COMP9414: Artificial Intelligence |

- Define two grammars G
_{1}and G_{2}as follows:G

_{1}has two rules: S → a S b and S → a b (a, b are terminals, S is the unique non-terminal and the start symbol.G

_{2}has five rules: S → a S B C, S → a b C, C B → B C, b B → b b, b C → b c, c C → c c (a, b, c are terminals, S, B, C are non-terminals and S is the start symbol.- Classify G
_{1}and G_{2}as unrestricted, context-sensitive, context-free, or regular grammars.> - Derive the string
*aaabbb*using G_{1}. *Harder:*Prove informally that the grammar G_{1}generates all and only sentences in the set {a^{n}b^{n}| n>= 1} .- Derive the string
*aaabbbccc*using G_{2}. *Harder:*Prove informally that the grammar G_{2}generates all and only sentences in the set {a^{n}b^{n}c^{n}| n>= 1} .

- Classify G
- Given the grammar rules and lexicon shown below, derive the sentence
*This is the house that Jack built.*Draw the parse tree, labelling your subtrees with the numbers of the grammar rules used to derive them.**Grammar rules:**and **Lexicon:**i. S → NP VP v. NP → NP REL S this: PRO that: PRO, REL ii. NP → PRON vi. VP → V is: V Jack: NAME iii. NP → ART N vii. VP → V NP the: ART built: V iv. NP → NAME house: N - It was mentioned in lectures that context-sensitive grammar rules can be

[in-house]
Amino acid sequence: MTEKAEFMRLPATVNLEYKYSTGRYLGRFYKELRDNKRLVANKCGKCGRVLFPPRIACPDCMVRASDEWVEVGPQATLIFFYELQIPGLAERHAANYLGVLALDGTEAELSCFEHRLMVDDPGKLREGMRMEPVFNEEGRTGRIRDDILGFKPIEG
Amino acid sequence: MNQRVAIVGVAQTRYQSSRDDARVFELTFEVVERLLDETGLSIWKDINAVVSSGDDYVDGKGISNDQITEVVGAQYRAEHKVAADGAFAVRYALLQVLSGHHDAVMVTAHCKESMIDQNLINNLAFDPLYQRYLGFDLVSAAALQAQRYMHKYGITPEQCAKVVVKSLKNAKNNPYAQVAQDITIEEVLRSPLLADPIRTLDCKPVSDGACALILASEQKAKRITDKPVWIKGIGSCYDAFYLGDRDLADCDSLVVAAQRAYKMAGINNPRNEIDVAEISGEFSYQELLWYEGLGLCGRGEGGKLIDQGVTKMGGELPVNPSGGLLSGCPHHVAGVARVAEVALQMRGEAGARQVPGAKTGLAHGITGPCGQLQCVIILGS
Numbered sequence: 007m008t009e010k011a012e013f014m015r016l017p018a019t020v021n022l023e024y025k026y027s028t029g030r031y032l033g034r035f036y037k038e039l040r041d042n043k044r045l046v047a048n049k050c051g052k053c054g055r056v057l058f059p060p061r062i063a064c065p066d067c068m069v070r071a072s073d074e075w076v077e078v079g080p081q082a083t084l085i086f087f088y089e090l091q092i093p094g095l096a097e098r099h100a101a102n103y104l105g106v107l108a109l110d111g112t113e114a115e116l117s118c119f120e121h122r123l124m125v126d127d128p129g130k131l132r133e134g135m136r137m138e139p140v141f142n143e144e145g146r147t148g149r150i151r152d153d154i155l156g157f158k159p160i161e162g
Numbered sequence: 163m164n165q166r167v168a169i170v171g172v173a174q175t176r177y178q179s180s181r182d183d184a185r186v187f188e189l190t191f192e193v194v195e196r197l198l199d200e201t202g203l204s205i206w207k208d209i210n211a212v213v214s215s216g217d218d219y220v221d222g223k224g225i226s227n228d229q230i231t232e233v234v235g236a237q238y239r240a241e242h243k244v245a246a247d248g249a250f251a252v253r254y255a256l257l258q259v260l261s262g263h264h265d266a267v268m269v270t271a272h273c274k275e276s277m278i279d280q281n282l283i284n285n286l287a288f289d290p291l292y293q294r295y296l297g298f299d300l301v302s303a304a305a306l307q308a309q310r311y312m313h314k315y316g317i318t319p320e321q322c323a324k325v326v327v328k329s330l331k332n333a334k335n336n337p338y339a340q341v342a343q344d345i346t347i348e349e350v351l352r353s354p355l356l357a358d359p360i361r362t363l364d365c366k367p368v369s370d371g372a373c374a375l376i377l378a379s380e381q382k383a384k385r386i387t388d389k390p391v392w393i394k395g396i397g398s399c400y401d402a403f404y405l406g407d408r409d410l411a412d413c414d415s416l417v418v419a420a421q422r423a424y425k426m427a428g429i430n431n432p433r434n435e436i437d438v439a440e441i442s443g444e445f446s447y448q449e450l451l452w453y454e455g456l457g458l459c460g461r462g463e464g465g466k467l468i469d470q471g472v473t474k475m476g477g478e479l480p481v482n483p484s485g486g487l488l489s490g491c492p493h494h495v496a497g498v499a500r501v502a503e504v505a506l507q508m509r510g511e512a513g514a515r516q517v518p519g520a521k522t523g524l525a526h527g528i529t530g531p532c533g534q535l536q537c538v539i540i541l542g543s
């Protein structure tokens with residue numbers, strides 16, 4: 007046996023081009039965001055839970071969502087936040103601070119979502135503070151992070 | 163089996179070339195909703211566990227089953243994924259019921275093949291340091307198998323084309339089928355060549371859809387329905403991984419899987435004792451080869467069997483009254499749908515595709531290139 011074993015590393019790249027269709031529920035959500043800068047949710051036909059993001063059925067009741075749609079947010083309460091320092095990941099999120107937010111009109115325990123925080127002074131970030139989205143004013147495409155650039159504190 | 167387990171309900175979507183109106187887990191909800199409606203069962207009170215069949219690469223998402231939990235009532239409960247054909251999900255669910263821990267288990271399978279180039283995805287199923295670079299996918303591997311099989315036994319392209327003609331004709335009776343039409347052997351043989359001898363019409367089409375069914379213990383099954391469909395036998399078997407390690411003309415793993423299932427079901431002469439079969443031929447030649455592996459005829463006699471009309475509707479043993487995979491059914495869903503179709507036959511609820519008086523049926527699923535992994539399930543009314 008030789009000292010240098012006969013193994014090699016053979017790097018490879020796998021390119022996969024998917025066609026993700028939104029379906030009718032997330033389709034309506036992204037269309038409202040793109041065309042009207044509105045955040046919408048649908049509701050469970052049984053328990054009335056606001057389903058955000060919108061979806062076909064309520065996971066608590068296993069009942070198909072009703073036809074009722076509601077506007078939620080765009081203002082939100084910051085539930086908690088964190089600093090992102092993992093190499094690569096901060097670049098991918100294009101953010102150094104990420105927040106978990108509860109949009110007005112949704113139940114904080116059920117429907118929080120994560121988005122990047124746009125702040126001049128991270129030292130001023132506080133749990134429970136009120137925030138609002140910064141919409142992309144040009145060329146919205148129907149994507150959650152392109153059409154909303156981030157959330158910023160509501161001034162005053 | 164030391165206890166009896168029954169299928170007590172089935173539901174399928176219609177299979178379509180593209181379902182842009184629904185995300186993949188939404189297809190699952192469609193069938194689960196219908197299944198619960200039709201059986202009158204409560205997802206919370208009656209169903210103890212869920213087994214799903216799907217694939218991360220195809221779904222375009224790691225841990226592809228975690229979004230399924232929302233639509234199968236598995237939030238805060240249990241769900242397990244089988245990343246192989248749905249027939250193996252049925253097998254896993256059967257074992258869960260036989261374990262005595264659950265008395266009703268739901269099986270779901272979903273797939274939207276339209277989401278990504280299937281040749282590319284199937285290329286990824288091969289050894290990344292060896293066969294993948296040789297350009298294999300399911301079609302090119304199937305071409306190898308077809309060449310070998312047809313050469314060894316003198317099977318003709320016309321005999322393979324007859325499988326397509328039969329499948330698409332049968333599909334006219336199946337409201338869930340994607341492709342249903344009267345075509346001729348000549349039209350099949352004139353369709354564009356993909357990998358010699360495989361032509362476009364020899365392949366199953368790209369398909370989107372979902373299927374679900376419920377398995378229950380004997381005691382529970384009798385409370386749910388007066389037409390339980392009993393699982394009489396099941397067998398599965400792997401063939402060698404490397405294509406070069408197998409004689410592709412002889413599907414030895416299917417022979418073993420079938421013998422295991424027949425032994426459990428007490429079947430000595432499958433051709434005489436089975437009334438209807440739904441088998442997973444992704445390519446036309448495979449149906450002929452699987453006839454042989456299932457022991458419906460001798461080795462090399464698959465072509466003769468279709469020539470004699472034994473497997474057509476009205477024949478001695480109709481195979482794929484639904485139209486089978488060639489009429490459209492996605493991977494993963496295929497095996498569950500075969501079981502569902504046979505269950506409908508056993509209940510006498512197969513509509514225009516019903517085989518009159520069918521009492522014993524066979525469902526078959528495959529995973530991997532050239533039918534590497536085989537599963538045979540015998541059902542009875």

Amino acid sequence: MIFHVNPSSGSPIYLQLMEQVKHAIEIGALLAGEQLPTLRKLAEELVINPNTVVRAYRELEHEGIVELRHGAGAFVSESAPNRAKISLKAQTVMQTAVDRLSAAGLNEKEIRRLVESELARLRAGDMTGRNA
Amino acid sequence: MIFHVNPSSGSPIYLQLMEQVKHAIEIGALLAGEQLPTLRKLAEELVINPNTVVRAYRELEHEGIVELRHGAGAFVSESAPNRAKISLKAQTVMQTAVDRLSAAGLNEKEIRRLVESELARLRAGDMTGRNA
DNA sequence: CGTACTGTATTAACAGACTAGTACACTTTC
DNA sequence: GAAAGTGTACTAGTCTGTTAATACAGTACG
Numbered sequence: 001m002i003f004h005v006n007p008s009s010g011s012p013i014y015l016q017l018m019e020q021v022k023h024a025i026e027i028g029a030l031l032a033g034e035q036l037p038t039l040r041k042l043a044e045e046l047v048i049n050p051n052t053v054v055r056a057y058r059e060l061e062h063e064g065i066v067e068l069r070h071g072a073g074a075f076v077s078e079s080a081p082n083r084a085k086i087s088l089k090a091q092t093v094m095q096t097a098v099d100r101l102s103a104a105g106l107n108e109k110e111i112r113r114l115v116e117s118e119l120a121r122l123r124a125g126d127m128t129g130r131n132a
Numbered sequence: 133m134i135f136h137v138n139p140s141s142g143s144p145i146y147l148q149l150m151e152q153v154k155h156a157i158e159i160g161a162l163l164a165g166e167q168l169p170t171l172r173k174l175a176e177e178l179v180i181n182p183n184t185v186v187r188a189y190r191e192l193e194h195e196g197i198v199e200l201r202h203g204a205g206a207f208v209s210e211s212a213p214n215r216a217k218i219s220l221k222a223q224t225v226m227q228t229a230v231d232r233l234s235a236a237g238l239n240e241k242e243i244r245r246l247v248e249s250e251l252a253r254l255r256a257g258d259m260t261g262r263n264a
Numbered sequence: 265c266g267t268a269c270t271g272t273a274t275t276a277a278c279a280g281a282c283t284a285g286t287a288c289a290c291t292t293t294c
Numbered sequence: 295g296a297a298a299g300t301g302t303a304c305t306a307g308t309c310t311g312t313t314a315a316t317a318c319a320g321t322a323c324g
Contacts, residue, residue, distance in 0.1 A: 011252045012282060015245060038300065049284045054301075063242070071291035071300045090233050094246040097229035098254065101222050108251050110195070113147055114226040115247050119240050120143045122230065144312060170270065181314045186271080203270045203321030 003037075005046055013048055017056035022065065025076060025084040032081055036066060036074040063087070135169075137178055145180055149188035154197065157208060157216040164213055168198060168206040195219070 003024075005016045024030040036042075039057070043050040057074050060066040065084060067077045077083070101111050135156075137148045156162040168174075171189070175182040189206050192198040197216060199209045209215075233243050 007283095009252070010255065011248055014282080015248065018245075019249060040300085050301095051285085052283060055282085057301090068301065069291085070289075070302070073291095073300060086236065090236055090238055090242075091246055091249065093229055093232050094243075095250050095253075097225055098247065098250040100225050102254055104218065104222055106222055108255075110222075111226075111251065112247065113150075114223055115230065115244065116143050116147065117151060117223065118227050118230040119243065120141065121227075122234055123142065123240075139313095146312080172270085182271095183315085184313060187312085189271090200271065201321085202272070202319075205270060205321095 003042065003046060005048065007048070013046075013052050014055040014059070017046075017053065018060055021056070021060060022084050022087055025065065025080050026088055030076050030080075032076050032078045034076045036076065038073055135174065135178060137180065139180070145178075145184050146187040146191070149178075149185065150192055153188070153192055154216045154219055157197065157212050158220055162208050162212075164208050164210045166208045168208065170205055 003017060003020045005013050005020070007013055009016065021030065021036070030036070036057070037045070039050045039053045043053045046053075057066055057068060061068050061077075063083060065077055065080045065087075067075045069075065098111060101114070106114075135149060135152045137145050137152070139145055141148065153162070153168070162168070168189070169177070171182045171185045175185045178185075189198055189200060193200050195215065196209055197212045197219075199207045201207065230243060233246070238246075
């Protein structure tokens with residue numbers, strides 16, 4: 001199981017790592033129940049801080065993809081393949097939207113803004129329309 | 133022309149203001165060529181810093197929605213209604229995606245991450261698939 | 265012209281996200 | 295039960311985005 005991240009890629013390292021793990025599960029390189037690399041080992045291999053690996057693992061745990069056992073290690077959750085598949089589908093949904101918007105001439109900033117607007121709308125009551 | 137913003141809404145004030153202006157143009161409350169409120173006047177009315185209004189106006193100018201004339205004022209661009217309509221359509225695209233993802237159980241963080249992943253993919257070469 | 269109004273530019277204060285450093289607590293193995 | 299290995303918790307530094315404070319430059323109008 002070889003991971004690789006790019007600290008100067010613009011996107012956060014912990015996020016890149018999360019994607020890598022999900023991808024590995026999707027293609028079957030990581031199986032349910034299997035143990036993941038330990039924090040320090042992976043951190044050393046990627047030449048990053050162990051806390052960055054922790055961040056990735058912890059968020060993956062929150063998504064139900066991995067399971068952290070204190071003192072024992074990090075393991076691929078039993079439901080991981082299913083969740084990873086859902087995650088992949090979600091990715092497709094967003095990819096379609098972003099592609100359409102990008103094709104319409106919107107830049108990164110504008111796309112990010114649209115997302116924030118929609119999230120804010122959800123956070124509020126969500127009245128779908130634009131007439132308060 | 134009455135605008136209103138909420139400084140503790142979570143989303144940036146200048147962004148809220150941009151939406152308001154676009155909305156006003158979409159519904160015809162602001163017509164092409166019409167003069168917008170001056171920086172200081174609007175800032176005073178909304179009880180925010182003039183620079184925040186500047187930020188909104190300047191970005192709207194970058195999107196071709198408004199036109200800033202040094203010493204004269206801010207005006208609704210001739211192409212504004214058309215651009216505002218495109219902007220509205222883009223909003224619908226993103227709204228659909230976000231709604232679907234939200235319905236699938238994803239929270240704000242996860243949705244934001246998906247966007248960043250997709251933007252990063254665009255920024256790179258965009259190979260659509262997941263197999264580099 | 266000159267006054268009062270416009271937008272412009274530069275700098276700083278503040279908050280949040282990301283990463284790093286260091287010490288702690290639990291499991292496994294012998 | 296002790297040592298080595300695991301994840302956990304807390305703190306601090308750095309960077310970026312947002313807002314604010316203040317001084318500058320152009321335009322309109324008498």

defined
**either**by requiring that they are of the form a → b where the length of the string a is less than or equal to the length of the string b (call these CS1 rules),**or**by requiring that they are of the form lAr → lar, where l and r are arbitrary, possibly null, strings of grammar symbols (call these CS2 rules). The proof of this equivalence consists of showing that rules of the form a→ b can be converted into sets of equivalent rules of the form lAr → lar, and the proof proceeds by induction on the length of the string b- Begin this proof by showing that the CS1 rule AB → CD may be replaced
by three CS2 rules. Hint: Introduce
^{ }a new non-terminal symbol f (i.e. a symbol not already in the alphabet of the grammar). Notice that AB → Af is a CS2 rule. - [
*For enthusiasts only*]: Part (a), above, provides most of the base-step of the inductive proof. Complete this proof by providing the inductive step.

- Begin this proof by showing that the CS1 rule AB → CD may be replaced
by three CS2 rules. Hint: Introduce

Bill Wilson

Phone: 9385 3986

E-mail: billw at cse.unsw.edu.au

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Last modified: 26 June 1998
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